Some writers create fictional worlds that are seemingly “better” than the “real” ones. The motivations for doing so may vary. Some may wish to replace unpleasant memories of real events with happier memories of fictional events. Others may wish to emphasize harmonious elements to divert attention from the discordant. Regardless of Armistead Maupin’s motives, he has created a likable enough tale of a 55-year-old gay man’s life in 2006 San Francisco. There is place for breezy stories where the conflicts presented may only remotely resemble the conflicts of our real lives. These stories take us away from our daily troubles and throw us in fairy tale land where love is found, held on to, and flawless.
Maupin applies several techniques to draw us into this world. By assembling details common to many middle-aged gay city-dwelling men, such readers can say, “yes, I’ve had that experience.” The author is “one of us” and we open our ears to him. The references to gay culture create the necessary foundation upon which stand idealized versions of lovers and friends, either steadfast or returning. The camaraderie of logical family members taking care of one another adds comfort. A revealed secret about a father’s last sordid act is intended to add drama. A young woman’s sex blog is intended to add spice. Michael Tolliver’s choice to be with the sage Anna Madrigal rather than his mother at their times of need adds humor with the revelation “there is no fifth destination,” and poignancy with his mother holding the photo of Michael and his husband.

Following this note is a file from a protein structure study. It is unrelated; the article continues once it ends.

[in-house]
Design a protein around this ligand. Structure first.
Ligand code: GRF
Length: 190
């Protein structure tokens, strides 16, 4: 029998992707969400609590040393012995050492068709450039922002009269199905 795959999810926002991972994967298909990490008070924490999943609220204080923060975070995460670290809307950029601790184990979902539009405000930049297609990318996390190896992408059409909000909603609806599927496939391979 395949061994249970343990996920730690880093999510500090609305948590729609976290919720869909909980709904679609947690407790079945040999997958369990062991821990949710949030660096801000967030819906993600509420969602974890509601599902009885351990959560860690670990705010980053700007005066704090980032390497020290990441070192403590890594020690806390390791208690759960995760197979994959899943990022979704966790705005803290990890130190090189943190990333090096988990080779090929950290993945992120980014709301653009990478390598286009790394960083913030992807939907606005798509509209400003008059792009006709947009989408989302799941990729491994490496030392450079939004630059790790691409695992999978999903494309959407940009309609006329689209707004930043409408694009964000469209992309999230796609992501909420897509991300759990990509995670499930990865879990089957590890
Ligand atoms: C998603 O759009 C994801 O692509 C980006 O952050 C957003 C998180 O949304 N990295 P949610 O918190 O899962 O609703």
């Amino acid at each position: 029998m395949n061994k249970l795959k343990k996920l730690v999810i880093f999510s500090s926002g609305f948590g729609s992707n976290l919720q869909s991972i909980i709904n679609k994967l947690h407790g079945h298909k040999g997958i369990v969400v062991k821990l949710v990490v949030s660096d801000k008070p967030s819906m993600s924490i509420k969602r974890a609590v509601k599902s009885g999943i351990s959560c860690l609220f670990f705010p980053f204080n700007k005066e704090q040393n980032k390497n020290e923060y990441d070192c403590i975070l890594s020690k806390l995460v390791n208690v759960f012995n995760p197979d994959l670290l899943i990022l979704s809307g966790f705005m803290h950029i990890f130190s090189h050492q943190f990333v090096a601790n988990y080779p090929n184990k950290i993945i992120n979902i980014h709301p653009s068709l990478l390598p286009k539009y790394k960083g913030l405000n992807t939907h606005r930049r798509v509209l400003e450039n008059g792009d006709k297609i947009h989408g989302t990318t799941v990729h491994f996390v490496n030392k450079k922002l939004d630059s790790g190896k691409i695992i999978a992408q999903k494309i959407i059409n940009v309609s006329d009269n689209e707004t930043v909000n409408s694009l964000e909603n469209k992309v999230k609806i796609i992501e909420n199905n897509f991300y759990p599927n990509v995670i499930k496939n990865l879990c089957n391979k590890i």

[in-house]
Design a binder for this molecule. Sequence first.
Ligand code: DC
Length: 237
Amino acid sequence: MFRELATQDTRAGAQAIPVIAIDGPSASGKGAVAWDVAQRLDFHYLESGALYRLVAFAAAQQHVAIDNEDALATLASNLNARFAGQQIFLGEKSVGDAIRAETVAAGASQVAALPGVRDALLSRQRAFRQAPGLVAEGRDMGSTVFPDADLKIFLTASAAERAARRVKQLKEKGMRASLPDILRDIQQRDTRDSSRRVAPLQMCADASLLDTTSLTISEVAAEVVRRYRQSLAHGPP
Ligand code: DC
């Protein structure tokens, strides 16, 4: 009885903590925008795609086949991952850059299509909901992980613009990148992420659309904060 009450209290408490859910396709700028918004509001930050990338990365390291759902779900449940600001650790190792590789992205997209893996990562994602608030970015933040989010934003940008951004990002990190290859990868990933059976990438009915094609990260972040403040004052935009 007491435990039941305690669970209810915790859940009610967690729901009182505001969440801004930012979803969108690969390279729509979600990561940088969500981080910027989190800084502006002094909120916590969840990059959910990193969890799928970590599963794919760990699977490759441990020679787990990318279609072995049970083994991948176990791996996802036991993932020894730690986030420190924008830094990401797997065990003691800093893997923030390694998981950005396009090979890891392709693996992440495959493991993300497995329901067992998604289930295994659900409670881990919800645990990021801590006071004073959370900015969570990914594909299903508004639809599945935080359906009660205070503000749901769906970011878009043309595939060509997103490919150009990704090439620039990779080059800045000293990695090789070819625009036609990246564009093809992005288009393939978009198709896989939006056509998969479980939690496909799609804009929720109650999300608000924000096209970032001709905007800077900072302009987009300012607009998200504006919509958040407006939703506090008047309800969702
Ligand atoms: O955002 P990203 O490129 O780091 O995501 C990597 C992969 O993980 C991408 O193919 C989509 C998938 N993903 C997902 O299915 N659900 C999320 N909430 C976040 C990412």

The entire package was not a completely satisfying reading experience for me. I would have preferred a grittier plot or more artful writing. The book is redeemed by its humor and its depiction of a small supportive community in a city with people like us.